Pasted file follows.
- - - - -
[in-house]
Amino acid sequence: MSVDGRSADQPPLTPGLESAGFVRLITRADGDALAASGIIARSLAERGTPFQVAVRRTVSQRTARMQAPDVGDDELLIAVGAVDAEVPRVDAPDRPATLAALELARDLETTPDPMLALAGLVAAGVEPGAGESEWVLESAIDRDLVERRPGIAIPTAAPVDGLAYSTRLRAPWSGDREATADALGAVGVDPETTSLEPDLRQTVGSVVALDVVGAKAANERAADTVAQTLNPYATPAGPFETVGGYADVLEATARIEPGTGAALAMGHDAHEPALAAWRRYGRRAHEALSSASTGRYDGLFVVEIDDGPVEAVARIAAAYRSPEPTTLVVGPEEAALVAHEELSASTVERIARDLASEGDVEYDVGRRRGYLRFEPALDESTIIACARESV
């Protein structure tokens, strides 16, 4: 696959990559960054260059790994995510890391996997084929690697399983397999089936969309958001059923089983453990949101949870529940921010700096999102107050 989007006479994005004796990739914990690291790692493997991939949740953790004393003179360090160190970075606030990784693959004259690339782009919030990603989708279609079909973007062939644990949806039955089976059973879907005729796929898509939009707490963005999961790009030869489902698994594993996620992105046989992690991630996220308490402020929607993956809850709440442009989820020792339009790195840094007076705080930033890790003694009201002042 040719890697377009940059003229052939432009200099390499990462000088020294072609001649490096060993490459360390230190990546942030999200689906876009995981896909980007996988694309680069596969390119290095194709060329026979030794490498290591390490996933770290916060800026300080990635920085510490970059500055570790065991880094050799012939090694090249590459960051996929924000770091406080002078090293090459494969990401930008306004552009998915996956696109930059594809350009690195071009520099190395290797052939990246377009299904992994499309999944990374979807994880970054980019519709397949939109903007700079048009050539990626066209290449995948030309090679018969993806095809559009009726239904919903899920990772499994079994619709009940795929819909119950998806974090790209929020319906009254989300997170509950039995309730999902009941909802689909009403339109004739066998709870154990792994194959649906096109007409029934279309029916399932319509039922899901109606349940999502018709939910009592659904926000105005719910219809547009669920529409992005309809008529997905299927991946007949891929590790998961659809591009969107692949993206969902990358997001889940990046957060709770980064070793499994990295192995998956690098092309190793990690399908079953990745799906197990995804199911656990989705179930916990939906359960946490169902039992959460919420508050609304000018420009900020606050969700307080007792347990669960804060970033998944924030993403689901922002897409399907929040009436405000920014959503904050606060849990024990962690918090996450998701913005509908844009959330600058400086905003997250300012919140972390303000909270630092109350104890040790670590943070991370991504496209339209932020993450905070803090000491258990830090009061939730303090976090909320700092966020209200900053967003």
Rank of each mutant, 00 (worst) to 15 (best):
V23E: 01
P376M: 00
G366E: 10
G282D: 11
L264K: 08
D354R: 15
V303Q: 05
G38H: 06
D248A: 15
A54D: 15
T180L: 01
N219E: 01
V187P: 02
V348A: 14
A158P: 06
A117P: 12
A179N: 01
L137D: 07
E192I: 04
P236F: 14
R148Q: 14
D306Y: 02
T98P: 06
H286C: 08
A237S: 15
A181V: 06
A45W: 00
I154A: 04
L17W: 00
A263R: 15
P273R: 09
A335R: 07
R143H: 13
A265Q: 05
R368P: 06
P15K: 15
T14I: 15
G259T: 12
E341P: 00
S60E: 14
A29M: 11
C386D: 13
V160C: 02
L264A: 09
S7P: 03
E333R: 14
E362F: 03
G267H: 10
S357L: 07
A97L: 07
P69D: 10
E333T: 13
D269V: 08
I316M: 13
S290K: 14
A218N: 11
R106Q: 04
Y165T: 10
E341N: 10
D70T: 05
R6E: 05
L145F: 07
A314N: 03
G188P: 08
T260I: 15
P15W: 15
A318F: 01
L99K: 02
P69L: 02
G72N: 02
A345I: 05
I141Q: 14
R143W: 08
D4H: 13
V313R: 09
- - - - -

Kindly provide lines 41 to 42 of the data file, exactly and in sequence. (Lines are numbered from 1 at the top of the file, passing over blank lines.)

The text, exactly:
T14I: 15
G259T: 12